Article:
I think it *could* work. And often a lot of the differences that appear insurmountable will smooth out over time when new entities are created. But I agree that at this point in history the actual "jump" that would allow this to happen is basically impossible.


But think about this. Quebec is part of Canada. If Quebec and Canada-sans-Quebec had been going about their business as independent entities for the past 150 years, would anyone seriously talk about joining them together today?


Does anyone talk about Spain joining with Portugal? About Indonesia and Malaysia merging?


Nope.
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Old 10-30-2018, 01:32 PM
 
Location: Hougary, Texberta
7,976 posts, read 10,525,497 times
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Quote:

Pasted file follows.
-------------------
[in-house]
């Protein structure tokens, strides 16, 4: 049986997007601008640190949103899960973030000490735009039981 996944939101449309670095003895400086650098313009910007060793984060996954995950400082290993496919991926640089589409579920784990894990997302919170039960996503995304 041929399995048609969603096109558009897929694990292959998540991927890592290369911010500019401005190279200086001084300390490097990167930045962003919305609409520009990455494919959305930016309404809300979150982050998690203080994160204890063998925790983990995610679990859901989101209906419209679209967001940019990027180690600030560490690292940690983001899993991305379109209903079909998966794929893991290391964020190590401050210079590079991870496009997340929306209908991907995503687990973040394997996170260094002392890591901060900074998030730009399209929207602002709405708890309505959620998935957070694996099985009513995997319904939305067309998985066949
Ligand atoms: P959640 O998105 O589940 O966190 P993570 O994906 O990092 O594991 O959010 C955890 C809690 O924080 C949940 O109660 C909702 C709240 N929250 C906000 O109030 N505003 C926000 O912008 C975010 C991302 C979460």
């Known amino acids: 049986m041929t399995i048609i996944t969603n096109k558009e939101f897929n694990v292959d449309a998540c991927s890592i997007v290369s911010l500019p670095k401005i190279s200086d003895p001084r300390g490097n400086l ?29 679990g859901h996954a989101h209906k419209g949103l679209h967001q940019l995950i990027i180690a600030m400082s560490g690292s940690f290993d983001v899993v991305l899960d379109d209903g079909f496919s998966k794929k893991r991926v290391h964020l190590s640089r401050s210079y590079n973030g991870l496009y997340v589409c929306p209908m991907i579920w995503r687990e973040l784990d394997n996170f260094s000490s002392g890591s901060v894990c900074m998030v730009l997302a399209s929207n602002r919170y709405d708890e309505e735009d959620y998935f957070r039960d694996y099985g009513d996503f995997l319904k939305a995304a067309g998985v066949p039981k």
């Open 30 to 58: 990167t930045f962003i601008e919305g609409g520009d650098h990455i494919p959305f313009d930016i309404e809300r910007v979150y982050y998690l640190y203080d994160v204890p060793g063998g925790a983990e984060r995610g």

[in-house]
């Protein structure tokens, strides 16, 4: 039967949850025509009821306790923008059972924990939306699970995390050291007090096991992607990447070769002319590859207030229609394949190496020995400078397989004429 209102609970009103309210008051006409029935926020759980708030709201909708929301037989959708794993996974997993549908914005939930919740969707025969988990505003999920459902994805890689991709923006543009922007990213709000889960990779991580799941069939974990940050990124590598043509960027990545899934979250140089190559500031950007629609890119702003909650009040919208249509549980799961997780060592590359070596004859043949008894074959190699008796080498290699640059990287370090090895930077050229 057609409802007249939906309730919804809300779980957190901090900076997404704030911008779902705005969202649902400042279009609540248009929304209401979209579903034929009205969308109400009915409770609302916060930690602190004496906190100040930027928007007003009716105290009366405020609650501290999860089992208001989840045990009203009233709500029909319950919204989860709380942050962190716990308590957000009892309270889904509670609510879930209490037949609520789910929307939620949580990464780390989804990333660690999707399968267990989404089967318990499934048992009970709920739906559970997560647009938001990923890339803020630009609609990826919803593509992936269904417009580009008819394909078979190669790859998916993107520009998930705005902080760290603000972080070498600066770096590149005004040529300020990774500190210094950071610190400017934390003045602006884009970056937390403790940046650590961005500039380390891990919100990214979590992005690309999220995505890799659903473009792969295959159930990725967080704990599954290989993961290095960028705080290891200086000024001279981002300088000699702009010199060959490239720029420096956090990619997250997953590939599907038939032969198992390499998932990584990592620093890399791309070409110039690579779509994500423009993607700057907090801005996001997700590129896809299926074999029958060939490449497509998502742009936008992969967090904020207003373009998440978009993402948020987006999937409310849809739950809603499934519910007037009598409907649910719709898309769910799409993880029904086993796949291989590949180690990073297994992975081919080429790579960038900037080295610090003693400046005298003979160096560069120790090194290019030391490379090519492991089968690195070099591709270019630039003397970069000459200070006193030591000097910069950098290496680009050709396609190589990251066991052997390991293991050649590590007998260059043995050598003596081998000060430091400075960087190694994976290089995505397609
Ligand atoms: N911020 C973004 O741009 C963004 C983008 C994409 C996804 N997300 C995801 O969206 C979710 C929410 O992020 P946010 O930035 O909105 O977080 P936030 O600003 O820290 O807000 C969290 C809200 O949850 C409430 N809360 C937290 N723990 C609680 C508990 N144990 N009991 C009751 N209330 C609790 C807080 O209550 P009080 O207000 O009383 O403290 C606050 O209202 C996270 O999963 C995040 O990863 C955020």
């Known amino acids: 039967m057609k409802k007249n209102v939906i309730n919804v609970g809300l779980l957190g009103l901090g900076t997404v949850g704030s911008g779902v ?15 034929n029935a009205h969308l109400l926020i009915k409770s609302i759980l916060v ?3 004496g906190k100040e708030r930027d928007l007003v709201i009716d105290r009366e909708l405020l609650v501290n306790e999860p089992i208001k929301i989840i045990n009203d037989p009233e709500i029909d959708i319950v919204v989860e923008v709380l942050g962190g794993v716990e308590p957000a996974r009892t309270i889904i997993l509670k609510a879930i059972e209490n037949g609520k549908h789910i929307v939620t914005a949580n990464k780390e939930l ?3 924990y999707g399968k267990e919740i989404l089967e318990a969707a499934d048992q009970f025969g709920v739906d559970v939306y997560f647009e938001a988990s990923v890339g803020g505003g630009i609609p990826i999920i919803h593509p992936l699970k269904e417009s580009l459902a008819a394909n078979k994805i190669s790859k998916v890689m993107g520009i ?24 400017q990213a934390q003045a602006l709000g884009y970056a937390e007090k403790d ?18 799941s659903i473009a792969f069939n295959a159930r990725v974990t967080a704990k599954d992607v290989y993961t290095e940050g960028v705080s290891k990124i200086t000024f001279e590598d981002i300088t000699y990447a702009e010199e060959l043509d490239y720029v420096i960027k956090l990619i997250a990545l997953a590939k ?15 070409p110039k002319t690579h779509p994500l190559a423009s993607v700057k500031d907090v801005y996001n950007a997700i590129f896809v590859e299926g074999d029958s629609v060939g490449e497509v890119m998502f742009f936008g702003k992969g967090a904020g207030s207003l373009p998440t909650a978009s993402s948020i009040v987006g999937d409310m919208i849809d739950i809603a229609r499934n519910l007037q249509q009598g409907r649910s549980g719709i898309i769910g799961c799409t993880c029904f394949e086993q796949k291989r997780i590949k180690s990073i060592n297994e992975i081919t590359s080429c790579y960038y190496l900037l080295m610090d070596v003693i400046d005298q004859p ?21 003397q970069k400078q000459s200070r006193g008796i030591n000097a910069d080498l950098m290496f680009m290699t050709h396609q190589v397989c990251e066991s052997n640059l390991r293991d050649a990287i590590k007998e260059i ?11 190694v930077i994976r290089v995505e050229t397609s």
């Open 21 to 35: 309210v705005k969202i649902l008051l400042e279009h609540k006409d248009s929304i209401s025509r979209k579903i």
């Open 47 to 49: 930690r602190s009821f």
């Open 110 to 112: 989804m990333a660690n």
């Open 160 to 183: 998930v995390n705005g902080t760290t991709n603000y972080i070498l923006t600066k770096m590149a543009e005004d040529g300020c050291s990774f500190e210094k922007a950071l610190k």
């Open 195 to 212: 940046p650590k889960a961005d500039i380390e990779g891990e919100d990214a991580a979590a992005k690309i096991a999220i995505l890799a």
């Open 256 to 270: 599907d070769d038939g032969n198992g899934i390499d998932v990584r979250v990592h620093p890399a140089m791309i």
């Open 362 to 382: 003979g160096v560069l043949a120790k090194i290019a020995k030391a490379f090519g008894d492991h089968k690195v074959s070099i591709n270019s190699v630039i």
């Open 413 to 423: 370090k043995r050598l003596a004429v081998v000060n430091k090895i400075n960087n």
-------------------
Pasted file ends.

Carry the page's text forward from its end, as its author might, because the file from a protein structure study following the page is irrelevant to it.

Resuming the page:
Originally Posted by Acajack View Post
I think it *could* work. And often a lot of the differences that appear insurmountable will smooth out over time when new entities are created. But I agree that at this point in history the actual "jump" that would allow this to happen is basically impossible.


But think about this. Quebec is part of Canada. If Quebec and Canada-sans-Quebec had been going about their business as independent entities for the past 150 years, would anyone seriously talk about joining them together today?


Does anyone talk about Spain joining with Portugal? About Indonesia and Malaysia merging?


Nope.
Well Malaysia did kick Singapore out...


In all honesty, I'd see Quebec and Alberta merge before either would join the US. There's far more in common between the two than differences.